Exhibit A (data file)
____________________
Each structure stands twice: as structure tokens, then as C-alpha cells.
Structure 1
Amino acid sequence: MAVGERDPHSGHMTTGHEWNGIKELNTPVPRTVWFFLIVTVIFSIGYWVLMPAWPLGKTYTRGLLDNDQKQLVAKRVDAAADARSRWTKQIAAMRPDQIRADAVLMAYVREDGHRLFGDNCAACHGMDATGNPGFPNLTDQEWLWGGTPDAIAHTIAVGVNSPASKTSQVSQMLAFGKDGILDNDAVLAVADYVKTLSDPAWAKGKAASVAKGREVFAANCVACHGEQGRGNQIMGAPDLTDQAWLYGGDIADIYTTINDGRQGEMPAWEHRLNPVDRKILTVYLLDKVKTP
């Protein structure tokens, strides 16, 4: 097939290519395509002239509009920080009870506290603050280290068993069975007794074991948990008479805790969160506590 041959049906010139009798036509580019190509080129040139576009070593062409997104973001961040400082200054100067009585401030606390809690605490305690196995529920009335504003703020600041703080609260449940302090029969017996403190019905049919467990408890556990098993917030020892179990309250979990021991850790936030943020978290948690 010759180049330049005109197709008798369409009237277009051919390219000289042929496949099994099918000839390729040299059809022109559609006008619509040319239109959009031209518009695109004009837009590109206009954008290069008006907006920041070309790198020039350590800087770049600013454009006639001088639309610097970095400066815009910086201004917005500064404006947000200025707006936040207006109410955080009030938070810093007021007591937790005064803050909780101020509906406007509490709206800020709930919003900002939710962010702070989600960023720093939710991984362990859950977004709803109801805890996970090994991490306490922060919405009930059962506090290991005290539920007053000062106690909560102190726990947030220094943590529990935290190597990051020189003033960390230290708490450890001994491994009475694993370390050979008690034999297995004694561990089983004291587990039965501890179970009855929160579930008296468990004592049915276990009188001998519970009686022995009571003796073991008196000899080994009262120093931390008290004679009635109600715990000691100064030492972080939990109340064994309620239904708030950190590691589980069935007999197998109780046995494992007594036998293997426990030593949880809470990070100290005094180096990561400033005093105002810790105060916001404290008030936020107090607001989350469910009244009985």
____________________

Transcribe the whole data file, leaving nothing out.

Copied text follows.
Each structure stands twice: as structure tokens, then as C-alpha cells.
Structure 1
Amino acid sequence: MAVGERDPHSGHMTTGHEWNGIKELNTPVPRTVWFFLIVTVIFSIGYWVLMPAWPLGKTYTRGLLDNDQKQLVAKRVDAAADARSRWTKQIAAMRPDQIRADAVLMAYVREDGHRLFGDNCAACHGMDATGNPGFPNLTDQEWLWGGTPDAIAHTIAVGVNSPASKTSQVSQMLAFGKDGILDNDAVLAVADYVKTLSDPAWAKGKAASVAKGREVFAANCVACHGEQGRGNQIMGAPDLTDQAWLYGGDIADIYTTINDGRQGEMPAWEHRLNPVDRKILTVYLLDKVKTP
């Protein structure tokens, strides 16, 4: 097939290519395509002239509009920080009870506290603050280290068993069975007794074991948990008479805790969160506590 041959049906010139009798036509580019190509080129040139576009070593062409997104973001961040400082200054100067009585401030606390809690605490305690196995529920009335504003703020600041703080609260449940302090029969017996403190019905049919467990408890556990098993917030020892179990309250979990021991850790936030943020978290948690 010759180049330049005109197709008798369409009237277009051919390219000289042929496949099994099918000839390729040299059809022109559609006008619509040319239109959009031209518009695109004009837009590109206009954008290069008006907006920041070309790198020039350590800087770049600013454009006639001088639309610097970095400066815009910086201004917005500064404006947000200025707006936040207006109410955080009030938070810093007021007591937790005064803050909780101020509906406007509490709206800020709930919003900002939710962010702070989600960023720093939710991984362990859950977004709803109801805890996970090994991490306490922060919405009930059962506090290991005290539920007053000062106690909560102190726990947030220094943590529990935290190597990051020189003033960390230290708490450890001994491994009475694993370390050979008690034999297995004694561990089983004291587990039965501890179970009855929160579930008296468990004592049915276990009188001998519970009686022995009571003796073991008196000899080994009262120093931390008290004679009635109600715990000691100064030492972080939990109340064994309620239904708030950190590691589980069935007999197998109780046995494992007594036998293997426990030593949880809470990070100290005094180096990561400033005093105002810790105060916001404290008030936020107090607001989350469910009244009985």